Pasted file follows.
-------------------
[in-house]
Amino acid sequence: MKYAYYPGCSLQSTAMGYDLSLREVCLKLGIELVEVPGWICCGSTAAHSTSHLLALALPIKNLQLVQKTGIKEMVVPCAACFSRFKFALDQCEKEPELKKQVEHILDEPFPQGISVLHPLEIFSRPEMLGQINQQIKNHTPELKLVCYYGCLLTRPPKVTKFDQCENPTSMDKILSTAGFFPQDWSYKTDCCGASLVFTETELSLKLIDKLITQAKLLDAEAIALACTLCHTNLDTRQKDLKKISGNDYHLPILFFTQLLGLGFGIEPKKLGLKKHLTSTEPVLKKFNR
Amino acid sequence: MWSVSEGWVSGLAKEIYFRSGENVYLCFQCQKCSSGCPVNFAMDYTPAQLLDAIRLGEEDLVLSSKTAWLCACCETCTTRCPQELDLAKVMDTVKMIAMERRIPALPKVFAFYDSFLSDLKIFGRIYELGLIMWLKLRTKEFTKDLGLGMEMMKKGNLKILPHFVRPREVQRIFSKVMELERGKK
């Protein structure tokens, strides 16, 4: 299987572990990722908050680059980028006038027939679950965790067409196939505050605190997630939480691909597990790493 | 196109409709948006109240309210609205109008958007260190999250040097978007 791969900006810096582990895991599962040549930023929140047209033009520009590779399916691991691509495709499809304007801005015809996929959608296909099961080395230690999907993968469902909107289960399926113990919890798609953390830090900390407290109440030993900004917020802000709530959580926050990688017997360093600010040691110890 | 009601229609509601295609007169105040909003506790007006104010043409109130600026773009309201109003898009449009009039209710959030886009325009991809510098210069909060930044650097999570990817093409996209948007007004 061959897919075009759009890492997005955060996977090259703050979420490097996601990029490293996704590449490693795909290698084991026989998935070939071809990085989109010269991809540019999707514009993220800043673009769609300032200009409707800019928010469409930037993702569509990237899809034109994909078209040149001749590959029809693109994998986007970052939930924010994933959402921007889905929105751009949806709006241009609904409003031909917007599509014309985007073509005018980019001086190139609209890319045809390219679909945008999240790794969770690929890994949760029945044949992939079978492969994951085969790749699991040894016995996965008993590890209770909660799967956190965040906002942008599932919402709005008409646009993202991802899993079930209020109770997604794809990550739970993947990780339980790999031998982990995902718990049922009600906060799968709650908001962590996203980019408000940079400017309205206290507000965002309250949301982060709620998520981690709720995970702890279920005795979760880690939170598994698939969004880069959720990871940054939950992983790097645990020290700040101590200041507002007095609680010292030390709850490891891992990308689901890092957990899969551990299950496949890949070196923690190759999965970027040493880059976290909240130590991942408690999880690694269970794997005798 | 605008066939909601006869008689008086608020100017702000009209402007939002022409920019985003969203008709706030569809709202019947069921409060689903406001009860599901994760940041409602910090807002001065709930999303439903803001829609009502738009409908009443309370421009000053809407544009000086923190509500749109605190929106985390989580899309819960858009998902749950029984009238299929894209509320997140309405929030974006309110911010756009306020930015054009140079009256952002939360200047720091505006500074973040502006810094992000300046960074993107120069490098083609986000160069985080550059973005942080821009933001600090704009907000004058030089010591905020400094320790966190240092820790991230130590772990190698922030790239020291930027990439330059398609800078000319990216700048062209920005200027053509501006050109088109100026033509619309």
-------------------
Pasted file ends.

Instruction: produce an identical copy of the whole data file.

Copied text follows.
[in-house]
Amino acid sequence: MKYAYYPGCSLQSTAMGYDLSLREVCLKLGIELVEVPGWICCGSTAAHSTSHLLALALPIKNLQLVQKTGIKEMVVPCAACFSRFKFALDQCEKEPELKKQVEHILDEPFPQGISVLHPLEIFSRPEMLGQINQQIKNHTPELKLVCYYGCLLTRPPKVTKFDQCENPTSMDKILSTAGFFPQDWSYKTDCCGASLVFTETELSLKLIDKLITQAKLLDAEAIALACTLCHTNLDTRQKDLKKISGNDYHLPILFFTQLLGLGFGIEPKKLGLKKHLTSTEPVLKKFNR
Amino acid sequence: MWSVSEGWVSGLAKEIYFRSGENVYLCFQCQKCSSGCPVNFAMDYTPAQLLDAIRLGEEDLVLSSKTAWLCACCETCTTRCPQELDLAKVMDTVKMIAMERRIPALPKVFAFYDSFLSDLKIFGRIYELGLIMWLKLRTKEFTKDLGLGMEMMKKGNLKILPHFVRPREVQRIFSKVMELERGKK
């Protein structure tokens, strides 16, 4: 299987572990990722908050680059980028006038027939679950965790067409196939505050605190997630939480691909597990790493 | 196109409709948006109240309210609205109008958007260190999250040097978007 791969900006810096582990895991599962040549930023929140047209033009520009590779399916691991691509495709499809304007801005015809996929959608296909099961080395230690999907993968469902909107289960399926113990919890798609953390830090900390407290109440030993900004917020802000709530959580926050990688017997360093600010040691110890 | 009601229609509601295609007169105040909003506790007006104010043409109130600026773009309201109003898009449009009039209710959030886009325009991809510098210069909060930044650097999570990817093409996209948007007004 061959897919075009759009890492997005955060996977090259703050979420490097996601990029490293996704590449490693795909290698084991026989998935070939071809990085989109010269991809540019999707514009993220800043673009769609300032200009409707800019928010469409930037993702569509990237899809034109994909078209040149001749590959029809693109994998986007970052939930924010994933959402921007889905929105751009949806709006241009609904409003031909917007599509014309985007073509005018980019001086190139609209890319045809390219679909945008999240790794969770690929890994949760029945044949992939079978492969994951085969790749699991040894016995996965008993590890209770909660799967956190965040906002942008599932919402709005008409646009993202991802899993079930209020109770997604794809990550739970993947990780339980790999031998982990995902718990049922009600906060799968709650908001962590996203980019408000940079400017309205206290507000965002309250949301982060709620998520981690709720995970702890279920005795979760880690939170598994698939969004880069959720990871940054939950992983790097645990020290700040101590200041507002007095609680010292030390709850490891891992990308689901890092957990899969551990299950496949890949070196923690190759999965970027040493880059976290909240130590991942408690999880690694269970794997005798 | 605008066939909601006869008689008086608020100017702000009209402007939002022409920019985003969203008709706030569809709202019947069921409060689903406001009860599901994760940041409602910090807002001065709930999303439903803001829609009502738009409908009443309370421009000053809407544009000086923190509500749109605190929106985390989580899309819960858009998902749950029984009238299929894209509320997140309405929030974006309110911010756009306020930015054009140079009256952002939360200047720091505006500074973040502006810094992000300046960074993107120069490098083609986000160069985080550059973005942080821009933001600090704009907000004058030089010591905020400094320790966190240092820790991230130590772990190698922030790239020291930027990439330059398609800078000319990216700048062209920005200027053509501006050109088109100026033509619309």